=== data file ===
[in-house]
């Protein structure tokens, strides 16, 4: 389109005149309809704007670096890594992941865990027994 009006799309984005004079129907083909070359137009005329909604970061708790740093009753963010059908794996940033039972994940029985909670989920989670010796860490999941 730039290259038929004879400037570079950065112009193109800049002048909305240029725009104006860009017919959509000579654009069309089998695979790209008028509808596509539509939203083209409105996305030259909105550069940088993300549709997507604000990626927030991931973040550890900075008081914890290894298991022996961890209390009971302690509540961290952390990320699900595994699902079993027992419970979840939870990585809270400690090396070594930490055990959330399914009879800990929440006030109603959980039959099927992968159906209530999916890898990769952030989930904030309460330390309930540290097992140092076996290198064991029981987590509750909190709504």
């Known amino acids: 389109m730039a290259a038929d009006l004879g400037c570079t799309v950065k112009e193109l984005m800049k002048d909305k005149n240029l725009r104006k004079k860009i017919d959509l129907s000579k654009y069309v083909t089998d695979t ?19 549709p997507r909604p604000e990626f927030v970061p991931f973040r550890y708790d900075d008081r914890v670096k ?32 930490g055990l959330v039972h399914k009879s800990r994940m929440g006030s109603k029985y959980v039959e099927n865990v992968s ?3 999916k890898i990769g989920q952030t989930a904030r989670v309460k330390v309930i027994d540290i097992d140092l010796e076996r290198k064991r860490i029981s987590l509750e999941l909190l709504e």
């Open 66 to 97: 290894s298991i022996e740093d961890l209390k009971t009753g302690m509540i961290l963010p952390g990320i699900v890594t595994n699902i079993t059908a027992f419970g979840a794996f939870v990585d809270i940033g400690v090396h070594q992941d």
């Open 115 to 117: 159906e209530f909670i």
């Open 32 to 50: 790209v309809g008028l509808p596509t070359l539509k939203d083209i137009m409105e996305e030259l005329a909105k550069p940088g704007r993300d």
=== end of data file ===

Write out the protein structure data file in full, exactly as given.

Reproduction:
[in-house]
């Protein structure tokens, strides 16, 4: 389109005149309809704007670096890594992941865990027994 009006799309984005004079129907083909070359137009005329909604970061708790740093009753963010059908794996940033039972994940029985909670989920989670010796860490999941 730039290259038929004879400037570079950065112009193109800049002048909305240029725009104006860009017919959509000579654009069309089998695979790209008028509808596509539509939203083209409105996305030259909105550069940088993300549709997507604000990626927030991931973040550890900075008081914890290894298991022996961890209390009971302690509540961290952390990320699900595994699902079993027992419970979840939870990585809270400690090396070594930490055990959330399914009879800990929440006030109603959980039959099927992968159906209530999916890898990769952030989930904030309460330390309930540290097992140092076996290198064991029981987590509750909190709504």
């Known amino acids: 389109m730039a290259a038929d009006l004879g400037c570079t799309v950065k112009e193109l984005m800049k002048d909305k005149n240029l725009r104006k004079k860009i017919d959509l129907s000579k654009y069309v083909t089998d695979t ?19 549709p997507r909604p604000e990626f927030v970061p991931f973040r550890y708790d900075d008081r914890v670096k ?32 930490g055990l959330v039972h399914k009879s800990r994940m929440g006030s109603k029985y959980v039959e099927n865990v992968s ?3 999916k890898i990769g989920q952030t989930a904030r989670v309460k330390v309930i027994d540290i097992d140092l010796e076996r290198k064991r860490i029981s987590l509750e999941l909190l709504e």
């Open 66 to 97: 290894s298991i022996e740093d961890l209390k009971t009753g302690m509540i961290l963010p952390g990320i699900v890594t595994n699902i079993t059908a027992f419970g979840a794996f939870v990585d809270i940033g400690v090396h070594q992941d």
């Open 115 to 117: 159906e209530f909670i």
């Open 32 to 50: 790209v309809g008028l509808p596509t070359l539509k939203d083209i137009m409105e996305e030259l005329a909105k550069p940088g704007r993300d």